test page - NUS Medical Sciences Cluster


Our Mission

The MSC Cancer Programme aims to bring together the diverse expertise in the various aspects of basic and applied cancer biology in an attempt to foster collaborations between programme members and with external parties. Our ultimate goals are to enhance our basic understanding of the process of carcinogenesis and its progression; identify novel targets and biomarkers; and translate this knowledge into innovative and personalised therapeutic solutions.

Who We Are

We are faculty members and researchers in the five basic science departments within NUS Medicine with a shared interest in exploring the intricate circuitry of the cancer cell from the standpoint of morphology, biochemistry, physiology, immunology and pharmacology.

What We Do

The strength of the MSC Cancer Programme lies in our ability to address a wide range of biological phenomena underlying the various stages of cancer formation, maintenance and progression, as well as its therapeutic targeting.

Our research focuses include the following:

  1. Studying the cellular microenvironment and metabolic changes that promote the transformation of normal cells to cancer cells and maintain this transformation;
  2. Unraveling the roles of cell-cell and intra-cellular communication (including secondary messengers) and pathways and protein networks involved in cell-state transition, cell cycle regulation and cell fate determination;
  3. Characterising the effects of metabolic reactions on gene expression and cancer signaling;
  4. Understanding the impact of cellular metabolic changes on genes, proteins and epigenetic modifications (chemical compounds on genes that affect their expression);
  5. Elucidating the role of inflammatory mediators and the microbiome on immune surveillance and modulation;
  6. Generating genetic and protein profiles of various cancers;
  7. Developing in vivo cancer mouse models;
  8. Using data analytics, bio-informatics and computational biology to reveal underlying mechanisms and discover new cancer biomarkers;
  9. Producing tumor-specific antibodies; and
  10. Discovering novel cancer therapeutics.

To that end, the current focus has been on a wide range of human cancers such as breast, colorectal, lung, liver, brain, stomach, pancreas, and nasopharyngeal cancer, as well as sarcomas, multiple myeloma, lymphomas and leukemias. To facilitate these endeavors, the researchers are leveraging on the existing platform technologies within the MSC such as the Imaging and Flow Cytometry facilities, genome and proteome screening platforms, antibody development service, synthetic biology platforms and the non-coding miRNA profiling MiRXES technology.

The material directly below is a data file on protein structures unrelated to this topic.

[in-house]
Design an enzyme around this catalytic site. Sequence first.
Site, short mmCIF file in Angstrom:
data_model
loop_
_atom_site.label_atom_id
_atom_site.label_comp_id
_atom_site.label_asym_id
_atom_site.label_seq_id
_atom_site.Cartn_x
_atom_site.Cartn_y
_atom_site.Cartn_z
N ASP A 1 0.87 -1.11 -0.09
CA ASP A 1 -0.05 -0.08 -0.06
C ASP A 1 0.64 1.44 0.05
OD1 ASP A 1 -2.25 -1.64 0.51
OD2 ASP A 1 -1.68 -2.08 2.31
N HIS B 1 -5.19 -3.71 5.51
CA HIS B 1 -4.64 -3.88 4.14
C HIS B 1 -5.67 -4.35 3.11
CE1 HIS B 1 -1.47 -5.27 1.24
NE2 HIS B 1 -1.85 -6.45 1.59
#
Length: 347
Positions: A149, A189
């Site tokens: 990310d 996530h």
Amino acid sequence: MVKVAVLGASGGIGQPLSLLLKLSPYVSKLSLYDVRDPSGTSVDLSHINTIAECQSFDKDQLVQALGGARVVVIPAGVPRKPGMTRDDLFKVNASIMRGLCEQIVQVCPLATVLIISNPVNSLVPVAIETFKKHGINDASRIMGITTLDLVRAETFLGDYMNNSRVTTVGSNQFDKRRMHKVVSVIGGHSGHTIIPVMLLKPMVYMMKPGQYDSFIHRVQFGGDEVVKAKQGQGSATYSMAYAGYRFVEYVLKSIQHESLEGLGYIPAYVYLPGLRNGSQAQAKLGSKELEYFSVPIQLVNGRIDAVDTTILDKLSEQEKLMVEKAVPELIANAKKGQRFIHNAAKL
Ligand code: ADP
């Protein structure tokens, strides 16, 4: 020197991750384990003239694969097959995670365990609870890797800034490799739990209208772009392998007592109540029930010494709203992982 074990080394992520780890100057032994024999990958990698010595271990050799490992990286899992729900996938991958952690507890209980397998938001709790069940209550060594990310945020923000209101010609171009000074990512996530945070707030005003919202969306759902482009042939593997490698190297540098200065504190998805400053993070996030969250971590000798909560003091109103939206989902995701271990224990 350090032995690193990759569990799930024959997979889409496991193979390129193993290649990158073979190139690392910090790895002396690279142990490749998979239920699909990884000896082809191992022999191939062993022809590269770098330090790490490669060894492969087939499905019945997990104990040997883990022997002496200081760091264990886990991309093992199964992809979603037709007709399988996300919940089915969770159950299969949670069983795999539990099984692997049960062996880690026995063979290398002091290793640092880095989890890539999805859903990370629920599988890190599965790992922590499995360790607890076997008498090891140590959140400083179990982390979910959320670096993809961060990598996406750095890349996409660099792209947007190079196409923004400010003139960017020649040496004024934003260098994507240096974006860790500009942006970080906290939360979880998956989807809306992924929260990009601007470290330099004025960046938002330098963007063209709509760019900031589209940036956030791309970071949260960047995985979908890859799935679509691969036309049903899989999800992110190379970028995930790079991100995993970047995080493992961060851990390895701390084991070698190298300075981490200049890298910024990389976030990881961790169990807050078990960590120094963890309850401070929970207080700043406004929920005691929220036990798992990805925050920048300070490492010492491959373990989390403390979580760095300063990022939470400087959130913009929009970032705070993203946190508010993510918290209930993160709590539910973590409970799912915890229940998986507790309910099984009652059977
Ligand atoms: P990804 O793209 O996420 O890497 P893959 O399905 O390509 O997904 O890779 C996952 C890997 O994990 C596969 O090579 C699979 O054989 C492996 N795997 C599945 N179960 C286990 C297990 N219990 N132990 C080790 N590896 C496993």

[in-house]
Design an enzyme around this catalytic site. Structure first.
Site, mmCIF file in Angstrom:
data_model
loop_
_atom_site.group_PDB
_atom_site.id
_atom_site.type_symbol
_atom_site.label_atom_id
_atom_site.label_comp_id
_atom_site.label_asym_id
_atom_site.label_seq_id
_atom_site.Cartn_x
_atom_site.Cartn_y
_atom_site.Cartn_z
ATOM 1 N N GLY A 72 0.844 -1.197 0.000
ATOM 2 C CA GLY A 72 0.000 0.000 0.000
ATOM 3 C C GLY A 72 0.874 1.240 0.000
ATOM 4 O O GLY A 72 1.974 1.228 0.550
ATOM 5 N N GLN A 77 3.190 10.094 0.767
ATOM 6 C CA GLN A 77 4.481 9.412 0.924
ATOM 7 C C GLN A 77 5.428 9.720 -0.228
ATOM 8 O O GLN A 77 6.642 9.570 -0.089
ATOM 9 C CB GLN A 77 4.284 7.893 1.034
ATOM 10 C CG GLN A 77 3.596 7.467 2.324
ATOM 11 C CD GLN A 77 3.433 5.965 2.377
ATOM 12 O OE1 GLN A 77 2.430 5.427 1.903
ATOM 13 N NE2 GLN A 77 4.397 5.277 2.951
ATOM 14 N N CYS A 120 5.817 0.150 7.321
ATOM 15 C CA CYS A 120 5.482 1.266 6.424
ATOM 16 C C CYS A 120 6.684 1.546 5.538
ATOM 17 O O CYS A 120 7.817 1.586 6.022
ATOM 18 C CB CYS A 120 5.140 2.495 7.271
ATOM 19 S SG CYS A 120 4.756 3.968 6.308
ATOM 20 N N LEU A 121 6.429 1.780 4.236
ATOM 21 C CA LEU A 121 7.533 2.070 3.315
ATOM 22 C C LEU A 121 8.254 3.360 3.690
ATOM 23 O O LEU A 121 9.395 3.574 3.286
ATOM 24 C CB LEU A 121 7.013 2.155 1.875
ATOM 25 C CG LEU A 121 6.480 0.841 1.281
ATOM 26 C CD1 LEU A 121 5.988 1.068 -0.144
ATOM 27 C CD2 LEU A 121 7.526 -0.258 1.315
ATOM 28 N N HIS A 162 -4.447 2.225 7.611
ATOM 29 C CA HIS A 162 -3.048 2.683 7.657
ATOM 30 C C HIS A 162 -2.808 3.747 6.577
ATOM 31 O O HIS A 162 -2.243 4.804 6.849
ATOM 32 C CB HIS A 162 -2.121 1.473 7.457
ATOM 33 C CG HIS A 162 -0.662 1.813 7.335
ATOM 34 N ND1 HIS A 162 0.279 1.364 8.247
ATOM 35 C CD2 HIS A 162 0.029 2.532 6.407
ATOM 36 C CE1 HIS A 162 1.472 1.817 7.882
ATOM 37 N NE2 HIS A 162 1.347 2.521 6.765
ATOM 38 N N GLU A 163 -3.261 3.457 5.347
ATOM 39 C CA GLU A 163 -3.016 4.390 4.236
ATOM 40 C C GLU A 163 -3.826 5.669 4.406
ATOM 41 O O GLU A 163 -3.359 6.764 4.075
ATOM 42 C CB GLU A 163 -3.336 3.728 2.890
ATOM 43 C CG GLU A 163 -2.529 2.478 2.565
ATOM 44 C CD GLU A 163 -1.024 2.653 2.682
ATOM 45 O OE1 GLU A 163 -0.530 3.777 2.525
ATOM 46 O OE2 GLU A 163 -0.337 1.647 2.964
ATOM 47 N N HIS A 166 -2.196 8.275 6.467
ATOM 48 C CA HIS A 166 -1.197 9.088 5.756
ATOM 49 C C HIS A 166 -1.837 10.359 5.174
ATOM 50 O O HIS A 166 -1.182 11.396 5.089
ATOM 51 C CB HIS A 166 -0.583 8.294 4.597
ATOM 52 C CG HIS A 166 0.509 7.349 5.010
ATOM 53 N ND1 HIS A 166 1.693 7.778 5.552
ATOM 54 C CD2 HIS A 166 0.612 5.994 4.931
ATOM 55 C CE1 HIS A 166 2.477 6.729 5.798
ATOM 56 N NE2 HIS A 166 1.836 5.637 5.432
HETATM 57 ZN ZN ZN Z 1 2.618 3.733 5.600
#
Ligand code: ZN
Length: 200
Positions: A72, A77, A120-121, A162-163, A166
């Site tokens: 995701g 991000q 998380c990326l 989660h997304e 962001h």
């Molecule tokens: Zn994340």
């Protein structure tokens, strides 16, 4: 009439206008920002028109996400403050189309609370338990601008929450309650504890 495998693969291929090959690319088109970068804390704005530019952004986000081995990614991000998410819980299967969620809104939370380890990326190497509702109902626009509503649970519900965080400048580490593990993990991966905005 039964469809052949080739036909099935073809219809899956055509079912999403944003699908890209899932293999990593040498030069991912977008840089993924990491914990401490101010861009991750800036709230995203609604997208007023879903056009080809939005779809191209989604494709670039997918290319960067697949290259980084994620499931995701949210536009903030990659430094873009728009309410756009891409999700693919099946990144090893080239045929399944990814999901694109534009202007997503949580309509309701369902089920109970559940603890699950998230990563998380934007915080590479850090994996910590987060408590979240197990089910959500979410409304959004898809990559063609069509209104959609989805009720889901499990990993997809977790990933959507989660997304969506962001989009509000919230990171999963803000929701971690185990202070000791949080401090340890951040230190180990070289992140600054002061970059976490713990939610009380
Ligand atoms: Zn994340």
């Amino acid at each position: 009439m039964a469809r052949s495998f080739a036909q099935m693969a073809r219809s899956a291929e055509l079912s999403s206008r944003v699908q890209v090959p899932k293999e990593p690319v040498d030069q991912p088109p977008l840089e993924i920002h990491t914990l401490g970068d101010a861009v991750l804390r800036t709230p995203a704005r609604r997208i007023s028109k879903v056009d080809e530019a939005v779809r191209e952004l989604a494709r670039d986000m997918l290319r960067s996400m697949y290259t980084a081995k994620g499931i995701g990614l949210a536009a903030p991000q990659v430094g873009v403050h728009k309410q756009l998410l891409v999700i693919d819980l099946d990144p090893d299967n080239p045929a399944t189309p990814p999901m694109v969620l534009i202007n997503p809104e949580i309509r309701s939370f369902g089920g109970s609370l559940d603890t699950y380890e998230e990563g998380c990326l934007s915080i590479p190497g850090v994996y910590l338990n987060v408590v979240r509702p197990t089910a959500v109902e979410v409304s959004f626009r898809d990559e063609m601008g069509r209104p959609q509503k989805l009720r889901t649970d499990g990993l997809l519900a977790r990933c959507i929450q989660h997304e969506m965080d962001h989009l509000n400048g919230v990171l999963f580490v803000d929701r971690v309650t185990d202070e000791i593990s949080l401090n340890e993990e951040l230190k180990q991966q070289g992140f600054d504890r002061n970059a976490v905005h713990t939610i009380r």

The Way Forward

The MSC Cancer Programme provides an excellent avenue to synergise our expertise in the diverse areas of cancer biology. Our immediate objective is to develop “all the way” capability by harnessing our strengths in basic inquiry and leveraging on relevant platform technologies as well as incentivising collaborations with clinicians and industry around cancers endemic to the region, in particular Singapore. We believe that we are well placed, given the strong links and juxtaposition of National University Hospital to NUS Medicine and the existing collaborations between basic science and clinical faculty as well as the global success of one of the existing core technologies, MiRXES, a multi-million dollar platform for the screening of non-coding RNAs involved in cancer development, disease prognosis and biomarker discovery. MiRXES, is a uniquely Singaporean example of cross-pollination between basic science research, clinic and industry. Furthermore, our existing strengths also allow us to leverage on the data analytics platform, a critical component of any research programme in this age of rapidly advancing technologies that generate tons of data. The data analytics and bio-informatics platform within the MSC will provide researchers and clinicians ready access to existing and emerging cancer genomic and proteomic data, which could have potential diagnostic and therapeutic implications.

Faculty Involved in the MSC Cancer Programme